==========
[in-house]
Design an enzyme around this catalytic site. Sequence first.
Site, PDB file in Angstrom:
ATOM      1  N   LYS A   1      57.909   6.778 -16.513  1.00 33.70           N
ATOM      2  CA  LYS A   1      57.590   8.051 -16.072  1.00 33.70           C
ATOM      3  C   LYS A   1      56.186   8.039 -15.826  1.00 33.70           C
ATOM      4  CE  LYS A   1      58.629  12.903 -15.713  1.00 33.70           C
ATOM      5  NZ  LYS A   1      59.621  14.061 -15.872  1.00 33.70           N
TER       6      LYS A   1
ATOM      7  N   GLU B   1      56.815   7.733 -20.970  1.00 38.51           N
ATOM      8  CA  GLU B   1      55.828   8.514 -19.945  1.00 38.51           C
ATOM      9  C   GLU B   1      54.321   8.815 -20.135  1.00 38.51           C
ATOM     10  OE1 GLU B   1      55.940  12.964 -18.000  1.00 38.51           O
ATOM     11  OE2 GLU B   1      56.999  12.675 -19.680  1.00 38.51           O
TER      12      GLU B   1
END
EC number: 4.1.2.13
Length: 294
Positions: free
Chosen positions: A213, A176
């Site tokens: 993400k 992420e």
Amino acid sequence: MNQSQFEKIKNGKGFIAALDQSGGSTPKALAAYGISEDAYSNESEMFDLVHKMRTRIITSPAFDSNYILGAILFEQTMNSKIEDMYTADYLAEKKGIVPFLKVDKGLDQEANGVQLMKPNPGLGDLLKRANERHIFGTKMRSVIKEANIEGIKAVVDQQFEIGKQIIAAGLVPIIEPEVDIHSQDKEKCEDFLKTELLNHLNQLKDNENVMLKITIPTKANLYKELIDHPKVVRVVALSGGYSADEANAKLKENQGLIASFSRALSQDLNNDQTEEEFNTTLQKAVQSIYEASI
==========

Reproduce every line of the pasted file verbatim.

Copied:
[in-house]
Design an enzyme around this catalytic site. Sequence first.
Site, PDB file in Angstrom:
ATOM      1  N   LYS A   1      57.909   6.778 -16.513  1.00 33.70           N
ATOM      2  CA  LYS A   1      57.590   8.051 -16.072  1.00 33.70           C
ATOM      3  C   LYS A   1      56.186   8.039 -15.826  1.00 33.70           C
ATOM      4  CE  LYS A   1      58.629  12.903 -15.713  1.00 33.70           C
ATOM      5  NZ  LYS A   1      59.621  14.061 -15.872  1.00 33.70           N
TER       6      LYS A   1
ATOM      7  N   GLU B   1      56.815   7.733 -20.970  1.00 38.51           N
ATOM      8  CA  GLU B   1      55.828   8.514 -19.945  1.00 38.51           C
ATOM      9  C   GLU B   1      54.321   8.815 -20.135  1.00 38.51           C
ATOM     10  OE1 GLU B   1      55.940  12.964 -18.000  1.00 38.51           O
ATOM     11  OE2 GLU B   1      56.999  12.675 -19.680  1.00 38.51           O
TER      12      GLU B   1
END
EC number: 4.1.2.13
Length: 294
Positions: free
Chosen positions: A213, A176
């Site tokens: 993400k 992420e």
Amino acid sequence: MNQSQFEKIKNGKGFIAALDQSGGSTPKALAAYGISEDAYSNESEMFDLVHKMRTRIITSPAFDSNYILGAILFEQTMNSKIEDMYTADYLAEKKGIVPFLKVDKGLDQEANGVQLMKPNPGLGDLLKRANERHIFGTKMRSVIKEANIEGIKAVVDQQFEIGKQIIAAGLVPIIEPEVDIHSQDKEKCEDFLKTELLNHLNQLKDNENVMLKITIPTKANLYKELIDHPKVVRVVALSGGYSADEANAKLKENQGLIASFSRALSQDLNNDQTEEEFNTTLQKAVQSIYEASI